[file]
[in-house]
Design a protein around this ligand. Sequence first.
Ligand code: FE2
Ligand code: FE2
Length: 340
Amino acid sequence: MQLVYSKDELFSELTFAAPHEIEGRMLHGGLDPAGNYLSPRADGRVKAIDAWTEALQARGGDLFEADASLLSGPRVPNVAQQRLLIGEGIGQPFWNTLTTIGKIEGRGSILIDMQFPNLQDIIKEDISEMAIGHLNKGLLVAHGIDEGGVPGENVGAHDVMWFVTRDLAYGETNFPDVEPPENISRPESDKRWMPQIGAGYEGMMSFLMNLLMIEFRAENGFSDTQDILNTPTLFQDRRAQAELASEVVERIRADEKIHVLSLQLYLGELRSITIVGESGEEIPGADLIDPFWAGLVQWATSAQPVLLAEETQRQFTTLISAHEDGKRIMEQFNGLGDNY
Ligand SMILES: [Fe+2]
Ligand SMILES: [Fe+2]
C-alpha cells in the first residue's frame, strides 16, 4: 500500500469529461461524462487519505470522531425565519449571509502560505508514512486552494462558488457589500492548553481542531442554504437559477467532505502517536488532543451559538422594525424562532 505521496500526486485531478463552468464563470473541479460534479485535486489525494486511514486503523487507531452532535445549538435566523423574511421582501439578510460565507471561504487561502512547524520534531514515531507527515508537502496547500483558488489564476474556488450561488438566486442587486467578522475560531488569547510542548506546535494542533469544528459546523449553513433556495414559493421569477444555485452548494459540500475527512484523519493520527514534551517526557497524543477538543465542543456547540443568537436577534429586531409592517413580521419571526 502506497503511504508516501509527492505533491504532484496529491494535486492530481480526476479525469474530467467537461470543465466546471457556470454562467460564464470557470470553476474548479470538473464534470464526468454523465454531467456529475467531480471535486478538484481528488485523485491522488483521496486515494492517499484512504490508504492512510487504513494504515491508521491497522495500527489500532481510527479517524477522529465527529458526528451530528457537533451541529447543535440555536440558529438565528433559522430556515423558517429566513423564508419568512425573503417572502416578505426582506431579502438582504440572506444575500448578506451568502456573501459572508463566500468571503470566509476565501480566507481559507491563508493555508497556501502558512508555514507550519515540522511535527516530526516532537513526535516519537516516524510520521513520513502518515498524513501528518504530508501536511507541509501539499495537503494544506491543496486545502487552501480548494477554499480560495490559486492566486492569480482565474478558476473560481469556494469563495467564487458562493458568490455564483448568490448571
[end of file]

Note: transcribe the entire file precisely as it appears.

[in-house]
Design a protein around this ligand. Sequence first.
Ligand code: FE2
Ligand code: FE2
Length: 340
Amino acid sequence: MQLVYSKDELFSELTFAAPHEIEGRMLHGGLDPAGNYLSPRADGRVKAIDAWTEALQARGGDLFEADASLLSGPRVPNVAQQRLLIGEGIGQPFWNTLTTIGKIEGRGSILIDMQFPNLQDIIKEDISEMAIGHLNKGLLVAHGIDEGGVPGENVGAHDVMWFVTRDLAYGETNFPDVEPPENISRPESDKRWMPQIGAGYEGMMSFLMNLLMIEFRAENGFSDTQDILNTPTLFQDRRAQAELASEVVERIRADEKIHVLSLQLYLGELRSITIVGESGEEIPGADLIDPFWAGLVQWATSAQPVLLAEETQRQFTTLISAHEDGKRIMEQFNGLGDNY
Ligand SMILES: [Fe+2]
Ligand SMILES: [Fe+2]
C-alpha cells in the first residue's frame, strides 16, 4: 500500500469529461461524462487519505470522531425565519449571509502560505508514512486552494462558488457589500492548553481542531442554504437559477467532505502517536488532543451559538422594525424562532 505521496500526486485531478463552468464563470473541479460534479485535486489525494486511514486503523487507531452532535445549538435566523423574511421582501439578510460565507471561504487561502512547524520534531514515531507527515508537502496547500483558488489564476474556488450561488438566486442587486467578522475560531488569547510542548506546535494542533469544528459546523449553513433556495414559493421569477444555485452548494459540500475527512484523519493520527514534551517526557497524543477538543465542543456547540443568537436577534429586531409592517413580521419571526 502506497503511504508516501509527492505533491504532484496529491494535486492530481480526476479525469474530467467537461470543465466546471457556470454562467460564464470557470470553476474548479470538473464534470464526468454523465454531467456529475467531480471535486478538484481528488485523485491522488483521496486515494492517499484512504490508504492512510487504513494504515491508521491497522495500527489500532481510527479517524477522529465527529458526528451530528457537533451541529447543535440555536440558529438565528433559522430556515423558517429566513423564508419568512425573503417572502416578505426582506431579502438582504440572506444575500448578506451568502456573501459572508463566500468571503470566509476565501480566507481559507491563508493555508497556501502558512508555514507550519515540522511535527516530526516532537513526535516519537516516524510520521513520513502518515498524513501528518504530508501536511507541509501539499495537503494544506491543496486545502487552501480548494477554499480560495490559486492566486492569480482565474478558476473560481469556494469563495467564487458562493458568490455564483448568490448571